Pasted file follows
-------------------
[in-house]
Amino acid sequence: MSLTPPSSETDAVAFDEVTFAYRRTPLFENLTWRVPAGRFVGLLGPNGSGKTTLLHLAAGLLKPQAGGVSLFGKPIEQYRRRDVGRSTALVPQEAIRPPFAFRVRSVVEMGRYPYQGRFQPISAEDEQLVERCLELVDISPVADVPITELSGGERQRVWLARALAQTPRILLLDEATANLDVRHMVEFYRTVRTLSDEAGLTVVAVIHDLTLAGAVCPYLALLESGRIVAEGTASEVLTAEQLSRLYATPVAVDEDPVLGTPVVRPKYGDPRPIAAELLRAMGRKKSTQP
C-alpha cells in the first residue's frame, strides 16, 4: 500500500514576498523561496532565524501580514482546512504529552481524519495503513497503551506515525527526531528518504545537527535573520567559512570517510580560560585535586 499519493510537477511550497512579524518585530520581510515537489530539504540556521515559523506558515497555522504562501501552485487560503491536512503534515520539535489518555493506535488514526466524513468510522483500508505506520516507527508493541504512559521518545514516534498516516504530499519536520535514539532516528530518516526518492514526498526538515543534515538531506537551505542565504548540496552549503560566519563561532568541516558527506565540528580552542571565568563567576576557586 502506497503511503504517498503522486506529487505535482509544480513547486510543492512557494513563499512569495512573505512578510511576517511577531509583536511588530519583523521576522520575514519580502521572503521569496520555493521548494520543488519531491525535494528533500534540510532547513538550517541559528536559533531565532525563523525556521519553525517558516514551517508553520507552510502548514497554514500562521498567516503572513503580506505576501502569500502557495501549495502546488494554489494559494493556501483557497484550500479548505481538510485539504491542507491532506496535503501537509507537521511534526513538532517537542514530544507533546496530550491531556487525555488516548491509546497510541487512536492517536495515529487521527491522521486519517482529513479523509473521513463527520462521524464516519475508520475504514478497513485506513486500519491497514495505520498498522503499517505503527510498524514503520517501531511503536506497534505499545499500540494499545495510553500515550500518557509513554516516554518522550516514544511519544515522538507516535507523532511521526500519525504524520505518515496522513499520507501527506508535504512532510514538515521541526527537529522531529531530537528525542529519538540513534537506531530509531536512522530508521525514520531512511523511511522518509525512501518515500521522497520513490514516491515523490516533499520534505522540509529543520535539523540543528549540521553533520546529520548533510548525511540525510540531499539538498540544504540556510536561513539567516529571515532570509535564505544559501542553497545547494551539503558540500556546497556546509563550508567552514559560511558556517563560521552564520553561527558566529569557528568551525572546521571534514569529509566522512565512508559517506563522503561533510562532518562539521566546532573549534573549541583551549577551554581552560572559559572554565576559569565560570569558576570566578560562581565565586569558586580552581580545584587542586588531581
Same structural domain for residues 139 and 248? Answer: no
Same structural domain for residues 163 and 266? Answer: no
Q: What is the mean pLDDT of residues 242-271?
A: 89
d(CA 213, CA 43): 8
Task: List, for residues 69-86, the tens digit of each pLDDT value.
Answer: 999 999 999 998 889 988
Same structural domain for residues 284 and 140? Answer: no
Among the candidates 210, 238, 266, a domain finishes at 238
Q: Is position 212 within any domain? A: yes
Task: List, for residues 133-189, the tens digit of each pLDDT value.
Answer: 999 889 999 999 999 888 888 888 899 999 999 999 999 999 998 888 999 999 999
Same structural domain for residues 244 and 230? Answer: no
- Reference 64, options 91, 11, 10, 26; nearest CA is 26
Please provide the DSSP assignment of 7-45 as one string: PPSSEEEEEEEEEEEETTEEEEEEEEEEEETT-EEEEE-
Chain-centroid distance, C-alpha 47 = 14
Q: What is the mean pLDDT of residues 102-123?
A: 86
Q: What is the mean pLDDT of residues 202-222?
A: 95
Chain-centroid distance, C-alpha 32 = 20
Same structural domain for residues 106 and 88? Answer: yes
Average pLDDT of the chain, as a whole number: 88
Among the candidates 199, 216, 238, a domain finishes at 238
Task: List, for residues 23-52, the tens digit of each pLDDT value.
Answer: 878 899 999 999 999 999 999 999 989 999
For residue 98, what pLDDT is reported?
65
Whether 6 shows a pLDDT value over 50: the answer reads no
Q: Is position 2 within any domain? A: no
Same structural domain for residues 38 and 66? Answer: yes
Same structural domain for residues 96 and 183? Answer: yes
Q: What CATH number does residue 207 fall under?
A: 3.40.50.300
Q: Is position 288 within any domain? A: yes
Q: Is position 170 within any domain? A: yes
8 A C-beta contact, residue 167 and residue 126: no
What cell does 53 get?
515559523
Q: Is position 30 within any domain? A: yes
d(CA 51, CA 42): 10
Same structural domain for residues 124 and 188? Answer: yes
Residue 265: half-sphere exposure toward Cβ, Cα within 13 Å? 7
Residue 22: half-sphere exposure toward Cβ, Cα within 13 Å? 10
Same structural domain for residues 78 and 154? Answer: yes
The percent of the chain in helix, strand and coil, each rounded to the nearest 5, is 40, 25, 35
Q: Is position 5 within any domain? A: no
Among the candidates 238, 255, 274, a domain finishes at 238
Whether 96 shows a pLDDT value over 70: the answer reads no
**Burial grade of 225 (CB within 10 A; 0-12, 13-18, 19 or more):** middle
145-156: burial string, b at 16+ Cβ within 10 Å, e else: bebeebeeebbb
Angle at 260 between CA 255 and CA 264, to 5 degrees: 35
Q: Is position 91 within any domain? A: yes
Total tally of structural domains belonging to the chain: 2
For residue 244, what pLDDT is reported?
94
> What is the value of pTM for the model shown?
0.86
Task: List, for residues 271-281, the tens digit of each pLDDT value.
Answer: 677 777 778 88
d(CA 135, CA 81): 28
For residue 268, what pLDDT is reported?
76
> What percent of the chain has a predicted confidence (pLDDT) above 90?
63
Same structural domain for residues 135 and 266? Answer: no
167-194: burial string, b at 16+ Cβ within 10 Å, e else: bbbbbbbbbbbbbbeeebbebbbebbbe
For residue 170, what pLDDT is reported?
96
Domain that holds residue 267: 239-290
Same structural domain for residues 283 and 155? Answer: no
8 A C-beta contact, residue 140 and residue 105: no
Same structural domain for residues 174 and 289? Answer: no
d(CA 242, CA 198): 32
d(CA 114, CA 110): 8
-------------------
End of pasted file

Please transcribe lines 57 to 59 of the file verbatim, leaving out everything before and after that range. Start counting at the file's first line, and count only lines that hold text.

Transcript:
Total tally of structural domains belonging to the chain: 2
For residue 244, what pLDDT is reported?
94